Now I think there are some things about the prodigal son that queer and trans people can identify with. A lot of us know what it’s like to live in exile, separated from our families, our churches, or our communities. For some of us this is a spiritual and emotional exile. For others, it’s a literal one. 40 percent of youth who don’t have a home identify as LGBTQ. 40 percent. Largely because when they came out to their families, they were kicked out of the house.

I’m sure a lot of people here today know what it’s like to be exiled from a church community, to have their spiritual foundation ripped out from under them by transphobic and homophobic pastors. And every year, more queer and trans people move to New York to find a community that will accept them and love them for who they are because that’s something they don’t have back home. Indeed, I think that all queer and trans people know, in one way or another, what it’s like to live in exile.

But, and I want to make this very clear, in this parable, trans and queer people are not the prodigal son. Because the there is nothing wrong with being trans or queer. Let me say that again. There is nothing wrong with being lesbian, bisexual, pansexual, gay, trans, queer, questioning, gender-nonconforming, intersex, two-spirit, non-binary, asexual, polyamorous, agender, demisexual, androgynous, bigender, butch, femme, genderfluid, or same gender loving. And if you have ever needed to leave, or run away, or remove yourself from your family or your church because you knew your very soul was being insulted, then I don’t want you to ever think for a second that you have abandoned them. They're the ones who abandoned you first.

No, in this parable, trans and queer people aren’t the prodigal son. We are the father. And it is our homophobic and transphobic society, family, or churches who are the prodigal children. And by excluding us, they don’t realize it yet, but they are the ones who have squandered their wealth.

I grew up going to church every Sunday. And I loved it. Church was the place where I found unconditional love and acceptance. It was in the church that I first learned to use my voice. From a very young age, I had mentors in the church who urged me to go to seminary and become a pastor. I was very opposed to that idea. And you can see how that worked out for me.

But when I was in high school I started to become aware that I was gay. And when I started telling people, things changed immediately at church. Mind you, this wasn’t even an outright homophobic church. And some members were even supportive of LGBTQ people. But when I came out of the closet, some people stopped looking me in the eye. Others stopped talking to me altogether. Now almost nobody was encouraging me to go to seminary and become a pastor.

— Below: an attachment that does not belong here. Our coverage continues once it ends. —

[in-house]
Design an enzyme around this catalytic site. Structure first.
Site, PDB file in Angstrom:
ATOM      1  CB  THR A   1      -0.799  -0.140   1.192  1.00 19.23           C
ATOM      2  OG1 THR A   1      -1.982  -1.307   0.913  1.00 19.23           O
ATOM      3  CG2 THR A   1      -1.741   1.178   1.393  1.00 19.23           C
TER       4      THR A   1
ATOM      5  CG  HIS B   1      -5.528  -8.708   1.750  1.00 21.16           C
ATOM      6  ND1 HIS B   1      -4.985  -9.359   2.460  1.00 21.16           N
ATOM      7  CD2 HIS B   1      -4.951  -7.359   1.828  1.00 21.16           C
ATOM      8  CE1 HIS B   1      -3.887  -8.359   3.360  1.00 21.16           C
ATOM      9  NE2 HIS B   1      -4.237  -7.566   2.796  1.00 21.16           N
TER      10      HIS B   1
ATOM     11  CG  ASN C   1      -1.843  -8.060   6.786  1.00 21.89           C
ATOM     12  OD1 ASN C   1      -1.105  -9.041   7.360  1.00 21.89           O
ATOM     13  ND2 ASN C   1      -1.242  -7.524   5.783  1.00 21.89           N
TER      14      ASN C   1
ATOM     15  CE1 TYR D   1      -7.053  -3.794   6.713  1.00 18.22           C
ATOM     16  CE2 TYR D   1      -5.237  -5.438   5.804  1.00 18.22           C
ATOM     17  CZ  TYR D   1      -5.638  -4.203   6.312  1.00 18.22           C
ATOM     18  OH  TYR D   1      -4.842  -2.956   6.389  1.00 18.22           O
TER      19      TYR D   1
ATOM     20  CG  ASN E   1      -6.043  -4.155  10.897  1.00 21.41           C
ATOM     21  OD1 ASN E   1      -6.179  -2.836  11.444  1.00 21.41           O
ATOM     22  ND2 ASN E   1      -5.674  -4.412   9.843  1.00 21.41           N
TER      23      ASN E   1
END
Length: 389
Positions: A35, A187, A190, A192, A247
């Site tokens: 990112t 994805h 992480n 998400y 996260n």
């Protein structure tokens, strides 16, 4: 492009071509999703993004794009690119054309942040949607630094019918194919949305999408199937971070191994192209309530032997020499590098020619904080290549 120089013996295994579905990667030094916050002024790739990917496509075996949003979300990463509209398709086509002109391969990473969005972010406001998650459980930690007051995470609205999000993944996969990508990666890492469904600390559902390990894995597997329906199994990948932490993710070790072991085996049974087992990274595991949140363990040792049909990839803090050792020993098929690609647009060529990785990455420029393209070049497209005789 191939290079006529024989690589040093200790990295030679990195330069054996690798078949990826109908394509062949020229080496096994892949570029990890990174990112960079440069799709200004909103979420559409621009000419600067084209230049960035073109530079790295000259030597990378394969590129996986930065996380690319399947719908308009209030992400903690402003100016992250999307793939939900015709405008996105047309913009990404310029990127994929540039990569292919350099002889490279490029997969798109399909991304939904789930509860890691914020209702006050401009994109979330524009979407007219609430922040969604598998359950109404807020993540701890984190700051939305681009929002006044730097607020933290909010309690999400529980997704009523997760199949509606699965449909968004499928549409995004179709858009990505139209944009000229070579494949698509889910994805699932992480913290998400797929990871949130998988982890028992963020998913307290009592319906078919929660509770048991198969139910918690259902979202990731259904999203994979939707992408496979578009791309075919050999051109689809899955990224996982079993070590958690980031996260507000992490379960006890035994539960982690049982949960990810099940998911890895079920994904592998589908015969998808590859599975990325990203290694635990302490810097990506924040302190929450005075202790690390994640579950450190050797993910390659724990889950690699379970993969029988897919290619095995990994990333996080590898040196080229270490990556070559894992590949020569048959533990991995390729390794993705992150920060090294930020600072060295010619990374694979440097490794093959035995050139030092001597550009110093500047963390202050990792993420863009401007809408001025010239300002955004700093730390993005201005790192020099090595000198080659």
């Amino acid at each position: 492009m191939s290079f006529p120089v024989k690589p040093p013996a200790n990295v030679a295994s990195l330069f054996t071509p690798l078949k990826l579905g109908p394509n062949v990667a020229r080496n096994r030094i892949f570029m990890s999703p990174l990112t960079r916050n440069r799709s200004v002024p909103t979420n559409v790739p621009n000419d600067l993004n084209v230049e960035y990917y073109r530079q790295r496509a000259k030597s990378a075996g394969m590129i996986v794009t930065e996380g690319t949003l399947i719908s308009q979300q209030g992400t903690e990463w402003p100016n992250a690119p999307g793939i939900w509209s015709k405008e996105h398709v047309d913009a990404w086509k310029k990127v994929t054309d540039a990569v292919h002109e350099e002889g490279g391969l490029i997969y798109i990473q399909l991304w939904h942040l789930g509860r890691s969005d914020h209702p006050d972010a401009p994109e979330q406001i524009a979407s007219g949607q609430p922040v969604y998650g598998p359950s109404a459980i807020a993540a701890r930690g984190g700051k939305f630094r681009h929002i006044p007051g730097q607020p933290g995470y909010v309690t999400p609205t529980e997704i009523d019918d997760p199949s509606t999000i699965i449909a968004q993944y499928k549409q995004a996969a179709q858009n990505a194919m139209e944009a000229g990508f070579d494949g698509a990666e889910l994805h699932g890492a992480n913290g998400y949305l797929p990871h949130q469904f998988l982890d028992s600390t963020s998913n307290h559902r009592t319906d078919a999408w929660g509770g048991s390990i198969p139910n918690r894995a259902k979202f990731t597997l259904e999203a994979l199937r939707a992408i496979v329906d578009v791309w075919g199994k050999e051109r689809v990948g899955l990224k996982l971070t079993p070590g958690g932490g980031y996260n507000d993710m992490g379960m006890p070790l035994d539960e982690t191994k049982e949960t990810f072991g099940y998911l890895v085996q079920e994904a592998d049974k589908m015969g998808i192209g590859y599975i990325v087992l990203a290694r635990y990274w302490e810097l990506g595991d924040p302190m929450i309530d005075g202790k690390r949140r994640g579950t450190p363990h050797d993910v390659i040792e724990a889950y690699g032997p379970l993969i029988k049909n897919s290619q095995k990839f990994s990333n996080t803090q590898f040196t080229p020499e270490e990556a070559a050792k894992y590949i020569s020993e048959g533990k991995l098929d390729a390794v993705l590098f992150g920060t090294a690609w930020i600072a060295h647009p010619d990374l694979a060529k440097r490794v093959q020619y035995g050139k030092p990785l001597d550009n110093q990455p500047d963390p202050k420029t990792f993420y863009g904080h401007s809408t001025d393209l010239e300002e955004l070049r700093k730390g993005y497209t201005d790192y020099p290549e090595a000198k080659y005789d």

Technically speaking, nobody ever kicked me out of the church. They were all much too polite to do that. But they made it clear that my presence wasn’t welcome at church. At best, my membership in the community was a topic for debate- an open question, not a given fact.

Eventually my soul was worn down. It became harder and harder for me to go to church. The love and affirmation I had felt as a kid, I now realized was never unconditional. It was love and affirmation that was reserved only for straight people. But when I decided I couldn’t go back to that church, I felt that I had failed them somehow. And it took me years to realize that it was really they who had failed me. I’m sure many of you have even worse stories of being abandoned by the church. But like the prodigal son, it is the church who has abandoned queer and trans people and not the other way around.

I was talking to worship chair Katie Reimer about this parable and she said something very profound. She told me that when churches exclude trans and queer people, they have diminished their own ability to see and know God. Let me repeat that: when churches exclude trans and queer people, they have diminished their own ability to see and know God. Queer and trans people were made by God in the image of God. And if some Christians can’t see God in the lives of queer and trans people, then they are that much worse off for it. First John, Chapter 4 says, “how can you love God, whom you have not seen, if you hate your neighbor who you have seen?”

When I heard that a light bulb went off above my head. When the church excludes me and people like me, the biggest loser is the church. Because we may have lost a community- and believe me, that is painful- but the church has severed their own connection with God.

The biggest sin of the prodigal son wasn’t that he disrespected his elder, or that he disobeyed his father, or that he partied too hard, or even that he got greedy and asked for too much money. The sin of the prodigal son is that he forgot that we as human beings are fundamentally connected to one another. That we belong to one another. That we belong with one another. That all people are members of a common human family and that not a single one of us can survive on our own.